Creating a Personal Ministry
Campus Ministry Today fuels campus movements to send laborers to harvest the unreached peoples of the world. But sending laborers begins first with leading the lost to Christ and making disciples.
In college ministry, that means we must begin with knocking on doors. In fact, our knuckles should be sore and bleeding from knocking on so many doors.
In the words of the apostle Paul, with some embellishment of my own:
How then will [lost college students] call on Him in whom they have not believed? And how are they to believe in Him of whom they have never heard? And how are they to hear without someone [knocking on their door]? (ESV, Romans 10:14)
If we want to reach, train and send college students to unreached people, we must first go to where they are– the dorm rooms, fraternity and sorority houses, and cafeterias. We must have a dynamic personal ministry.
Personal ministry can mean different things to different people, so let’s define the essentials, discuss personal challenges we face and consider practical ways we can embrace personal ministry.
The Essentials for Personal Ministry
Personal ministry, as we see it, is sharing the Gospel & building relationships within a specific group of people.
This definition holds the three essentials for an effective personal ministry: Sharing the Gospel, Building Relationships, and Targeting a Specific Group of People.
Sharing the Gospel
We must unashamedly share the Gospel with the lost. We don’t have to wait for the right time; the right time is now.
Sharing the Gospel shouldn’t wait until we have our finger on the pulse of the situation. In fact, sharing the Gospel is how we find out someone’s interest level in the first place.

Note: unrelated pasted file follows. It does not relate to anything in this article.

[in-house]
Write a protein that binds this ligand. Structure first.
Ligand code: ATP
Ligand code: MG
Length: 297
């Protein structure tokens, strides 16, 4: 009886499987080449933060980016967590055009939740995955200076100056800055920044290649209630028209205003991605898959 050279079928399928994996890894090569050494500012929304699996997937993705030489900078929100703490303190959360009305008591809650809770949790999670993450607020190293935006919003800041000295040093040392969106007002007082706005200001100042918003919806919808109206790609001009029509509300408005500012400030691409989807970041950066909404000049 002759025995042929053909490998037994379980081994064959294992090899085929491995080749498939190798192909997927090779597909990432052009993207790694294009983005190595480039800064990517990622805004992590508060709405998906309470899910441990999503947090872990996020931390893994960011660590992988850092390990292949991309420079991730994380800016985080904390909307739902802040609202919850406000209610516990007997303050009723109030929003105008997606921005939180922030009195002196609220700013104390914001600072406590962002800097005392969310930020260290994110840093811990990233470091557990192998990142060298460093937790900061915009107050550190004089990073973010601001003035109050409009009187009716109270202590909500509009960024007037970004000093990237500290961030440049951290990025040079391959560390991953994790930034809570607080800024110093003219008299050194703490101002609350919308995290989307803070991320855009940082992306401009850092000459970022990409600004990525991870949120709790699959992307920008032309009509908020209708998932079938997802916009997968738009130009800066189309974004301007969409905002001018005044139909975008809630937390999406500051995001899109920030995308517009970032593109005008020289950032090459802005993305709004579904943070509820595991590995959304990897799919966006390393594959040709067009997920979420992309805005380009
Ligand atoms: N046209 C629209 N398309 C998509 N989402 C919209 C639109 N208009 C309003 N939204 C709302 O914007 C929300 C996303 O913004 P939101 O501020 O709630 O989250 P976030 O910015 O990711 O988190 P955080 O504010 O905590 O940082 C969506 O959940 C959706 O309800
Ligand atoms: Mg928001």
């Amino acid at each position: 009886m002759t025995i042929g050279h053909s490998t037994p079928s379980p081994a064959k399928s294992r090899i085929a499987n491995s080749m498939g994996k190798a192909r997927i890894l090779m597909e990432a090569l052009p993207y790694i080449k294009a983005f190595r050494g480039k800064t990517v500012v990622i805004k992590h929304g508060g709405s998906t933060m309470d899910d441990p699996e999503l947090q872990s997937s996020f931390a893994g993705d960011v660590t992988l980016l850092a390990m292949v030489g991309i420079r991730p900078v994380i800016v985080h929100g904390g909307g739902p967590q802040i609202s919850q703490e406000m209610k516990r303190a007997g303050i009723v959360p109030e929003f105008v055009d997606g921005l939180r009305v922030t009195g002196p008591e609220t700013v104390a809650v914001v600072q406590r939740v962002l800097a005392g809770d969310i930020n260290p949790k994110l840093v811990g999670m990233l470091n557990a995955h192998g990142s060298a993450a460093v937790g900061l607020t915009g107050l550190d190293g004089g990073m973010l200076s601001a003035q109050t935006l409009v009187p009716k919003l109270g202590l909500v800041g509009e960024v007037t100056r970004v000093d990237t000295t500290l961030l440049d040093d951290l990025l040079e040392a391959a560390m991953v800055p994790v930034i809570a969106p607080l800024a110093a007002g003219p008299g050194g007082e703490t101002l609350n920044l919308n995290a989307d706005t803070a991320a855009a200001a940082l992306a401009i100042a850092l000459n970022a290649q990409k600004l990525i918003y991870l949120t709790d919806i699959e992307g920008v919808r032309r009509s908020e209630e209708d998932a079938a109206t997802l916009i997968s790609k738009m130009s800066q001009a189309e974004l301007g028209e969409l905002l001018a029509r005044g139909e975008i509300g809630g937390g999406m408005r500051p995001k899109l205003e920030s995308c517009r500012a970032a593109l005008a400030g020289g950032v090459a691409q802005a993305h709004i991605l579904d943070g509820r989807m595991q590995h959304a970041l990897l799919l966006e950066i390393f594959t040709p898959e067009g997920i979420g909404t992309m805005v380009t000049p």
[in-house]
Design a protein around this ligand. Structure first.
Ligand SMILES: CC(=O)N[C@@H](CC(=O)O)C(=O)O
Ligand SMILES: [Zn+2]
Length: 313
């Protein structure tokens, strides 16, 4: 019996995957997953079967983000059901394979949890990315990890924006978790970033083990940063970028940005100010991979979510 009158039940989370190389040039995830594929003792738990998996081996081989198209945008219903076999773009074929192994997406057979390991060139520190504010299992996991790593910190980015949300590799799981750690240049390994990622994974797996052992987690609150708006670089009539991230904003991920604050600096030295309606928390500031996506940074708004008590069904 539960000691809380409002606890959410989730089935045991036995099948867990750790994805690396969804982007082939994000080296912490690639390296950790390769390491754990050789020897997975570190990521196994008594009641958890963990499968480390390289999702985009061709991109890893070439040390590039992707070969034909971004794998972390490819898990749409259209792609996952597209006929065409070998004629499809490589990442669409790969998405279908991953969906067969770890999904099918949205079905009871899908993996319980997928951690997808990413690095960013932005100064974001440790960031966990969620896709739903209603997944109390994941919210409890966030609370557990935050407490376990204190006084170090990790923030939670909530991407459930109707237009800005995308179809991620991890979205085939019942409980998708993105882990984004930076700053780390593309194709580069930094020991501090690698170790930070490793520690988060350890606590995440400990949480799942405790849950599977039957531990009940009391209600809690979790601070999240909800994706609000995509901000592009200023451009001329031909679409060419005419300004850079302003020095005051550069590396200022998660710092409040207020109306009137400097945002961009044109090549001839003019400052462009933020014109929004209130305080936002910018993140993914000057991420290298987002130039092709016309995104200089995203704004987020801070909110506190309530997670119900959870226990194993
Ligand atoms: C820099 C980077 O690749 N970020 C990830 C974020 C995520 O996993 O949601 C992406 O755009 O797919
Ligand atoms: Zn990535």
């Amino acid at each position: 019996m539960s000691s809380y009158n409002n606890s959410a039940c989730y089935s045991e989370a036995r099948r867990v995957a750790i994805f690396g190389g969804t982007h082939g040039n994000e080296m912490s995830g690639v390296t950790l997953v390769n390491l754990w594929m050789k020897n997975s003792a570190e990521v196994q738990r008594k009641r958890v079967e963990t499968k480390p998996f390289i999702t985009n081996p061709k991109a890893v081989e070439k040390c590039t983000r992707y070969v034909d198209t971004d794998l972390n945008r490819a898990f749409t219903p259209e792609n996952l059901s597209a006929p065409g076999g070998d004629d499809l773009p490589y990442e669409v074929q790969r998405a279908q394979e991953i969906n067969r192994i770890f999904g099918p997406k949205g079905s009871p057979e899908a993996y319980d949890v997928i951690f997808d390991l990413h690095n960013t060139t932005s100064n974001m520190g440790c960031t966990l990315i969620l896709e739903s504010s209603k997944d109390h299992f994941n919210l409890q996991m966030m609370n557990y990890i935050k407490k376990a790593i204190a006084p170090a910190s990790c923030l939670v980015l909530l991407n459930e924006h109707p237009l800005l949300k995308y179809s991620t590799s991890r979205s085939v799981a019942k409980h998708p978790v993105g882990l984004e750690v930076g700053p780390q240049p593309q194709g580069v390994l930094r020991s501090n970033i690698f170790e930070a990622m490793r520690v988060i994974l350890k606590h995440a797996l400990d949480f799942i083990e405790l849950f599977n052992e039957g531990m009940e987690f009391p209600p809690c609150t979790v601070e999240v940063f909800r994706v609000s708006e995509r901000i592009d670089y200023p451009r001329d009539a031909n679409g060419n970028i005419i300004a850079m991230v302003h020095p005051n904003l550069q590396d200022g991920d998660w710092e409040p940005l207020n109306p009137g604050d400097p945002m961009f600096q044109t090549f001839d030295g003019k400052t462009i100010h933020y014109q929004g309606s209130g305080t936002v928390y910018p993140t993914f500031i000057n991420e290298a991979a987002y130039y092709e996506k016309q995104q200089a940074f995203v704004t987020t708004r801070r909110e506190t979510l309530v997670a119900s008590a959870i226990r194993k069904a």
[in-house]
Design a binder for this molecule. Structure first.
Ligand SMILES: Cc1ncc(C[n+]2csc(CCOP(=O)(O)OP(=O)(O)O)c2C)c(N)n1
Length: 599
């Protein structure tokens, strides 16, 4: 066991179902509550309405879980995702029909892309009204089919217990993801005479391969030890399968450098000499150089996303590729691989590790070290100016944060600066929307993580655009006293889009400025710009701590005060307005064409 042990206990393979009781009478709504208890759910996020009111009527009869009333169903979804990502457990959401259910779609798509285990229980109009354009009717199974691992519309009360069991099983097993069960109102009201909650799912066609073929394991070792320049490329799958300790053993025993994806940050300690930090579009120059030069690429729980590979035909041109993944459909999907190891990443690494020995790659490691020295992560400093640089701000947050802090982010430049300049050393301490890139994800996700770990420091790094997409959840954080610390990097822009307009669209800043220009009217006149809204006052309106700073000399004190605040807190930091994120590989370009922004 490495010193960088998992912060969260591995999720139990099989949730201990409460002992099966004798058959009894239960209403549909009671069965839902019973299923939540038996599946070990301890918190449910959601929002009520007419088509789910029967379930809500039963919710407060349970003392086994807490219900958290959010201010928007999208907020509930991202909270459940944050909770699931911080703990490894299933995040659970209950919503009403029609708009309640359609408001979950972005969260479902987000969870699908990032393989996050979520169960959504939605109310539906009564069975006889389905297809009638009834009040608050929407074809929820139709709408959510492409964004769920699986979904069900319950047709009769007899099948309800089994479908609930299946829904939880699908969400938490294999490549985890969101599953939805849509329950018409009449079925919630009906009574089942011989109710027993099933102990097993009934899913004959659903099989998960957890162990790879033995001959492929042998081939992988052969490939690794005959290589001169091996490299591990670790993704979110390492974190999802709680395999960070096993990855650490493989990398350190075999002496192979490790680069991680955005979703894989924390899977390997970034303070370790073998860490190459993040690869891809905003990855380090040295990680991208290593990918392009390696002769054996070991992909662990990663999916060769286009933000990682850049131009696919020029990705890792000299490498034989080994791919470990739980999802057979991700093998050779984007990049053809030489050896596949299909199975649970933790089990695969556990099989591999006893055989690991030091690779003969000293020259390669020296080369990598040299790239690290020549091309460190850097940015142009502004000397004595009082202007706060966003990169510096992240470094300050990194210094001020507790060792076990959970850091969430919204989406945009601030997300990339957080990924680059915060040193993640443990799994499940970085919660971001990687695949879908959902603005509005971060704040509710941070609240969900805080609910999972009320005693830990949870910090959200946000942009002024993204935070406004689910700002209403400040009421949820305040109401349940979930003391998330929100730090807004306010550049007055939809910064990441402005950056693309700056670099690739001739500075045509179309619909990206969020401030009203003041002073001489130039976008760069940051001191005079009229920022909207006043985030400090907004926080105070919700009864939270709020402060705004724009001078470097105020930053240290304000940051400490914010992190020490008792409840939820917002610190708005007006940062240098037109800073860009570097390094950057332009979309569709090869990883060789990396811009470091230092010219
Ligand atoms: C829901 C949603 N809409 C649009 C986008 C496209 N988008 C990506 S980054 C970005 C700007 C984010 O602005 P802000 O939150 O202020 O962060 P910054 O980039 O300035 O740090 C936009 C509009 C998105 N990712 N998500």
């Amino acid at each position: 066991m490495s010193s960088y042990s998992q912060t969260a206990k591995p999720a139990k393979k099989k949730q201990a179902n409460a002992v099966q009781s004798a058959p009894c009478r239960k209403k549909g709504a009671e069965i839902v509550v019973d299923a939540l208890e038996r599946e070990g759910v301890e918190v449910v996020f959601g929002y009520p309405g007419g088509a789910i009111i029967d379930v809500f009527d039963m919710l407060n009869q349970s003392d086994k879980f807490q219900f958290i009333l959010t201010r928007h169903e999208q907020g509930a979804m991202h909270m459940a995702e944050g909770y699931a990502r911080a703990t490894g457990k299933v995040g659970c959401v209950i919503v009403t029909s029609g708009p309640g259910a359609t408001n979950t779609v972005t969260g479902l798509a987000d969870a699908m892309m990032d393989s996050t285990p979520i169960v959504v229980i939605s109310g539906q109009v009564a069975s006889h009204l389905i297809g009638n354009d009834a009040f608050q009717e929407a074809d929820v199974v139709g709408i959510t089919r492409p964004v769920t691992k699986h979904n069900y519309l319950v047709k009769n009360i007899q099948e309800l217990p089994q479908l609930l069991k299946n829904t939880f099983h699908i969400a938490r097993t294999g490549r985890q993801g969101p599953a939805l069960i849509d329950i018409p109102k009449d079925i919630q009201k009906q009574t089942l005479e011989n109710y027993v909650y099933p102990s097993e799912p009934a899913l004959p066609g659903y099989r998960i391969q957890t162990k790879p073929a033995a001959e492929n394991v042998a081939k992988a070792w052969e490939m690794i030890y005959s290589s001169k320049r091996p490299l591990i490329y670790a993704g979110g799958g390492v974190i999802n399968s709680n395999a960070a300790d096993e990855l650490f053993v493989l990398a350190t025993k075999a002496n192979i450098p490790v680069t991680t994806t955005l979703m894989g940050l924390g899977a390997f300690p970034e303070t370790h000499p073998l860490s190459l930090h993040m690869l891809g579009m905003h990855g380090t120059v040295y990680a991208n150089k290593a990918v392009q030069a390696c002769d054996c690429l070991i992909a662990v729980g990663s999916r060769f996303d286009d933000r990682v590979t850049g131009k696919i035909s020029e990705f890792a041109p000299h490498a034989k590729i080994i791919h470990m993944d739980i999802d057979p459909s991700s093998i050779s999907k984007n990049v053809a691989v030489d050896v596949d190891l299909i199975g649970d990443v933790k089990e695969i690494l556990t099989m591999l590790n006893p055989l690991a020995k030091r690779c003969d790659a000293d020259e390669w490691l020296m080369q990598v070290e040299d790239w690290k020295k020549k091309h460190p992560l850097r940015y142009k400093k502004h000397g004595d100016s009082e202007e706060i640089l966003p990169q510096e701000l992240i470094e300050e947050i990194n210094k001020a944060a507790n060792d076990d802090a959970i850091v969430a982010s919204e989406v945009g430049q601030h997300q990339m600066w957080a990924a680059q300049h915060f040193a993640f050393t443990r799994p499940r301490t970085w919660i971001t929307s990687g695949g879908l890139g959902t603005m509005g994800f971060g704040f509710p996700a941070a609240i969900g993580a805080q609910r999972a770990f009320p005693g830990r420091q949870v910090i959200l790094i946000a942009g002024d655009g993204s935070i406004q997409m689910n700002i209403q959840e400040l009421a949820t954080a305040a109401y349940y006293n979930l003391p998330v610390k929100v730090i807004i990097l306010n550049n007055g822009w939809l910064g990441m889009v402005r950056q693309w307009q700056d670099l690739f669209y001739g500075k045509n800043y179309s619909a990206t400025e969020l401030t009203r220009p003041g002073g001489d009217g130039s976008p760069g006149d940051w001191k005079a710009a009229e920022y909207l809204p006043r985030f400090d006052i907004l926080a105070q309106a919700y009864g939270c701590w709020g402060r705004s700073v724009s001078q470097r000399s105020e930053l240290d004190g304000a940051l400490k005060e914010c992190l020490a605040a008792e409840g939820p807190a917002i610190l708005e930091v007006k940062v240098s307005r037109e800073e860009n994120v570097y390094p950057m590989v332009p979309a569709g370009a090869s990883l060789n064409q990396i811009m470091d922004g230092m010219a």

Share the Good News with boldness when eating with students in the cafeteria, hanging out in the dorms, meeting students at fraternity houses, changing in locker rooms, studying in the coffee shop.
Tell the Story with individuals or groups. Teach it clearly in Bible studies and weekly meetings. The Gospel is the power of salvation, so share it unashamedly!
Building (Fun) Relationships
Every relationship develops differently, but one essential ingredient to building relationships with college students is fun.
College students like fun. Legitimate, crazy, bend-over-laughing kind of fun. To attract and keep college students close, we must create and sustain fun.
At the beginning of the year you can use the natural momentum of campus events to meet people.
Open your schedule to go to every event you can. Throw your own events and parties. Lead an intramural sport. Have fun with the people you are building relationships with.
Sustaining the fun is critical. Don’t only have fun when you’re first getting to know them, but continue to have fun with them throughout the relationship.
Targeting a Specific Group
We can meet a lot of people, make friends and share the Gospel, but we can be more effective if our Good News is repeated consistently.